(8) When it is necessary to convert Romanized Korean back to Hangeul in special cases such as in academic articles, Romanization is done according to Hangeul spelling and not pronunciation. Each Hangeul letter is Romanized as explained in section 2 except that ㄱ, ㄷ, ㅂ, ㄹ are always written as g, d, b, l. When ㅇ has no sound value, it is replaced by a hyphen may also be used when it is necessary to distinguish between syllables.

    e.g.

    집 jib

    짚 jip

    밖 bakk

    값 gabs

    붓꽃 buskkoch

    먹는 meogneun

    독립 doglib

    문리 munli

    물엿 mul-yeos

    굳이 gud-i

    좋다 johda

    가곡 gagog

    조랑말 jolangmal

    없었습니다 eobs-eoss-seubnida


Additional Provisions
  1. This system of Romanization becomes effective on the date it is formally proclaimed.
  2. Signs using the previous system of Romanization (road signs, official large-scale notices, information posted at cultural sites, etc.), when this system of Romanization becomes effective, must follow this system by December 31, 2005.
  3. Publication such as textbooks using the previous system of Romanization must follow this system by February 28, 2002.

New Romanization System (Simplified Table)

a eo o u eu i ae e oe wi ya yeo yo yu yae ye wa wae wo we ui

initial

final


g

n

d

r

m

b

s

j

ch

k

t

p

h

k

g

kg

ngn

kd

ngn

ngm

kb

ks

kj

kch

kk

kt

kp

kh(k)

n

n

ng

nn

nd

II(nn)

nm

nb

ns

nj

nch

nk

nt

np

nh

l

r

lg

ll

ld

ll

lm

lb

ls

lj

lch

lk

lt

lp

lh

m

m

mg

mn

md

mn

mm

mb

ms

mj

mch

mk

mt

mp

mh

p

b

pg

mn

pd

mn

mm

pb

ps

pj

pch

pk

pt

pp

ph(p)

ng

ng

ngg

ngn

ngd

ngn

ngm

ngb

ngs

ngj

ngch

ngk

ngt

ngp

ngh

* "Final" refers to the final position character in a Korean syllable.
"Initial" refers to the first position character in a Korean syllable. When the final position character of one syllable is followed by the first position character of the next, the phonetic value of either or both characters changes in a limited number of cases as demonstrated here.







July 2000
Ministry of Culture & Tourism

Examples



old

new

old

new

부산

Pusan

Busan

대구

Taegu

Daegu

광주

Kwangju

Gwangju

대전

Taej n

Daejeon

인천

Inch'on

Incheon

전주

Chonju

Jeonju

제주

Cheju

Jeju

청주

Ch' ngju

Cheongju
경주 Ky ngju Gyeongju 김포 Kimp'o Gimpo
고구려 Kogury Goguryeo 동대구 Tongdaegu Dongdaegu
부곡 Pugok Bugok 정읍 Ch ng p Jeongeup
울산 Ulsan Ulsan 묵호 Muk'o Mukho







July 2000
By Kim Myong-sik
In Defense of the New Hangeul Romanization System

Both English language newspapers published in Seoul, The Korea Times and The Korea Herald, are commended for their sincere efforts to convey the positions of the foreign community in Korea and some members of Korea's intellectual society that are generally against the new "Hangeul" Romanization system announced by the Ministry of Culture and Tourism earlier this month.

In reviewing the opinions expressed by various knowledgeable individuals to justify their objections to the new system, however, I have noticed with surprise that quite a few of them lacked a genuine understanding of the new MOCT method. One commentator, for example, in apparent attempt to ridicule the government authorities who were responsible for what they believed unnecessary change, said MOCT Minister Park Jie-won will now have to change his business card to print his name as Bag Ji-weon.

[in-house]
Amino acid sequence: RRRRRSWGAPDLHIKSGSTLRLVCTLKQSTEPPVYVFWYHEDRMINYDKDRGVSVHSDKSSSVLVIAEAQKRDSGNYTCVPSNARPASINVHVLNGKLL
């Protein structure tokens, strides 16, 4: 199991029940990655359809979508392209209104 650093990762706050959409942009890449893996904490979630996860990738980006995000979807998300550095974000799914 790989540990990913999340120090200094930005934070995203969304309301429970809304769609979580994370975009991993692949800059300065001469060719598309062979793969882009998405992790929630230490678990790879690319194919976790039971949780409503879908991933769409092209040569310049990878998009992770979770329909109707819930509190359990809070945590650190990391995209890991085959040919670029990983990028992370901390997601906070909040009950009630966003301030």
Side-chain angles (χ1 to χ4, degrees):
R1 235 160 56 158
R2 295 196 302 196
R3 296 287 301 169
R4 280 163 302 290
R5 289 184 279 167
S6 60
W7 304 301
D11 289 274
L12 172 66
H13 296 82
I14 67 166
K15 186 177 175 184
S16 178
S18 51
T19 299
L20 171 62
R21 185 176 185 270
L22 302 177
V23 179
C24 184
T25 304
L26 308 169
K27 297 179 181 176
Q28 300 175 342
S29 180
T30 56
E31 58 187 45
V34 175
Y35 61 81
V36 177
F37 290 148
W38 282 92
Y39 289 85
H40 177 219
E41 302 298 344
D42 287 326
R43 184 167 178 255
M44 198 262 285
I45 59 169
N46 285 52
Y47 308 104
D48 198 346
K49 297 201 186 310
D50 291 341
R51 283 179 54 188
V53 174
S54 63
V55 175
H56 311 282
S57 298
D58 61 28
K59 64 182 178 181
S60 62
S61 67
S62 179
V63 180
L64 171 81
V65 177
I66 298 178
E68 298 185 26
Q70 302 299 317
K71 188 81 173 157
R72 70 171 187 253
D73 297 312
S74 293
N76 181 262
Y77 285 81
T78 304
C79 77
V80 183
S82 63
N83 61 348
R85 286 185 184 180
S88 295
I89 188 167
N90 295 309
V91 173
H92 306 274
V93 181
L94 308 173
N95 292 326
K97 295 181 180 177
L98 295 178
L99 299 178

Under the new system, the Korean consonant ¤¡ will be transcribed as k when it forms the final sound, hence Bak in the case of the minister's name, rather than Bag as the commentator guessed. And the complex vowel I will be written as wo instead of weo. Meanwhile, the ministry announcement made it plainly clear that Koreans may continue to use their current Romanized names as they are as long as they live. (Because Koreans' ways of Romanizing their names were so diverse even under the hitherto dominant McCune-Reischauer system, the ministry will in the near future recommend samples for the transliteration of family names to minimize diversity. A recent survey showed while none of the AI clans uses "I" as their Romanized name, 95 percent transcribe it to Lee with the rest choosing Rhee, Rhi, Ri, Yi, Li or even Lie. So Mr. Lee Hyon-soo can rest assured, as can his Yonsei alumni who would still be free to call their alma mater as they do now. In fact, not only Yonsei but Ewha Womans, Korea, Dankook, Dongguk, Kookmin, Kyung Hee and Sung Kyun Kwan Universities have failed to follow the M-R system in Romanizing their names, to name a few.)

Another major misunderstanding among the opponents of the new system seems to be the notion that the MOCT formula generally ignores the phonetic quality of Korean words in favor of almost automatic letter for letter transliteration. The fact is that the new system is quite similar to the M-R system in that it tries to maintain the Korean sound to the fullest extent possible as ¿E is to be spelt "ot" instead of "os" as Professor Kim Jong-gil unnecessarily worried. There are of course some legitimate and plausible points of arguments in defiance of the new system. They can be summarized as follows:
    1. Why initial sounds ㄱ, ㄷ, ㅂ and ㅈ should be transcribed as g, d, b and j instead of k, t, p and ch?
    2. Why vowels ㅓ and ㅡ should be written as eo and eu, respectively?
    3. Why the National Academy of the Korean Language was commissioned to do the task of devising a new Romanization system rather than a more multi-cultural, multi-disciplinary body that could ensure broader participation of various other groups interested in this matter?
    4. Why in the first place try to change a system (the Ministry of Education system promulgated in 1984 based largely on the M-R system) that has been fairly established domestically and widely accepted internationally, despite the huge cost involved in switching to the new formula?
    5. Why not wait until the time when the currently improving inter-Korean relations have further developed so that a unified Romanization system could be devised by experts of South and North Korea?